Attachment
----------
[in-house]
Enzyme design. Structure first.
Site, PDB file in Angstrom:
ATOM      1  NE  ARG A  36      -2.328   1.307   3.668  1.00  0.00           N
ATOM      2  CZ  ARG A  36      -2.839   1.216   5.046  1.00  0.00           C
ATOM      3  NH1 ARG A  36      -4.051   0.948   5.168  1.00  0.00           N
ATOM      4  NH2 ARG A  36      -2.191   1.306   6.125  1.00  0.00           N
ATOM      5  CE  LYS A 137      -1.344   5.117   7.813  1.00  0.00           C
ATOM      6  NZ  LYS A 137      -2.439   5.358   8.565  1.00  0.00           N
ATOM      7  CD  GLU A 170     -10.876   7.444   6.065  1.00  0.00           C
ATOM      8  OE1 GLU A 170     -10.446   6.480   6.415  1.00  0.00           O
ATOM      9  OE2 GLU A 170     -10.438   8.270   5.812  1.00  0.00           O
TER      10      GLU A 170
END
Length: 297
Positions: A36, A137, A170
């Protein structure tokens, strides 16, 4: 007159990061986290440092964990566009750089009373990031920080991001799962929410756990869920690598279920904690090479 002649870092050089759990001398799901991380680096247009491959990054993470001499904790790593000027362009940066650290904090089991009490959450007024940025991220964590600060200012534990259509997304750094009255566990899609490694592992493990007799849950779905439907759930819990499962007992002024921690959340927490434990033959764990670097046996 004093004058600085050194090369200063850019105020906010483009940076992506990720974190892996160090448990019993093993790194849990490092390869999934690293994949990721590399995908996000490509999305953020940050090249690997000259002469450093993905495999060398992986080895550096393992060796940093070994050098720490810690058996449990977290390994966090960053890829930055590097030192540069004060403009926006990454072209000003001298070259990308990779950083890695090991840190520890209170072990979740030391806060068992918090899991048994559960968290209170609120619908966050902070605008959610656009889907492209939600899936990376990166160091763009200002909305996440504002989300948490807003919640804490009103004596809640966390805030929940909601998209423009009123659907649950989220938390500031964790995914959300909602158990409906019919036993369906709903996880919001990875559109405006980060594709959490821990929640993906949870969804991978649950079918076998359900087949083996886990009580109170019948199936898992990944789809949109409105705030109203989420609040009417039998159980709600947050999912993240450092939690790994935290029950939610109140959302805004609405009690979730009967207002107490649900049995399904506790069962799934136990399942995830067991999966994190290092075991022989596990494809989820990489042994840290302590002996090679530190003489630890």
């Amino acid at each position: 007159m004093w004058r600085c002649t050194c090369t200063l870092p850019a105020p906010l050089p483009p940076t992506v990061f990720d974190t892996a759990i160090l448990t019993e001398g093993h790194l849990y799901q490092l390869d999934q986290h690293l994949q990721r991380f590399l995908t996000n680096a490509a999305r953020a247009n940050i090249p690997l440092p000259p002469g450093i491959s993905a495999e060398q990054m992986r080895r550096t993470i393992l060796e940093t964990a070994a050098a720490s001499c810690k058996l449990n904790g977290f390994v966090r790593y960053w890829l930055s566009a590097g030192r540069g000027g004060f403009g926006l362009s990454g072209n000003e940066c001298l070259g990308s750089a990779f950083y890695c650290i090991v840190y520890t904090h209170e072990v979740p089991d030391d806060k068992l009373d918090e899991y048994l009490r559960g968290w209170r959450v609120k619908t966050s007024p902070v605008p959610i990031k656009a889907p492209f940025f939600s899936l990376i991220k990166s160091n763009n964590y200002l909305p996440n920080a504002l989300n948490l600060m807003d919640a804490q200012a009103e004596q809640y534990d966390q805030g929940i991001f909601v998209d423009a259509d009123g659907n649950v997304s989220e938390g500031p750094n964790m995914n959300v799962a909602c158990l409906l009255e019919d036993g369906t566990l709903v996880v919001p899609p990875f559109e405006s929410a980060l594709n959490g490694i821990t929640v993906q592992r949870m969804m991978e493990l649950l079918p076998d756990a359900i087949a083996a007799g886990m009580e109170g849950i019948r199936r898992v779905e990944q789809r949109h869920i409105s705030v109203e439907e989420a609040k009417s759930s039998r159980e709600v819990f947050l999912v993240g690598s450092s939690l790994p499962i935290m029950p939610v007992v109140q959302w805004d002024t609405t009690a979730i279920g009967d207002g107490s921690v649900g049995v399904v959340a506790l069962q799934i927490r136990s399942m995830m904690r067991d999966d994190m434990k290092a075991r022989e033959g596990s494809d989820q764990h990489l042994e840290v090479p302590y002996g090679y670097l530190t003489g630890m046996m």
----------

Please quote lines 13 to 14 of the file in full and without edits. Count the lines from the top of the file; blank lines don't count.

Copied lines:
TER      10      GLU A 170
END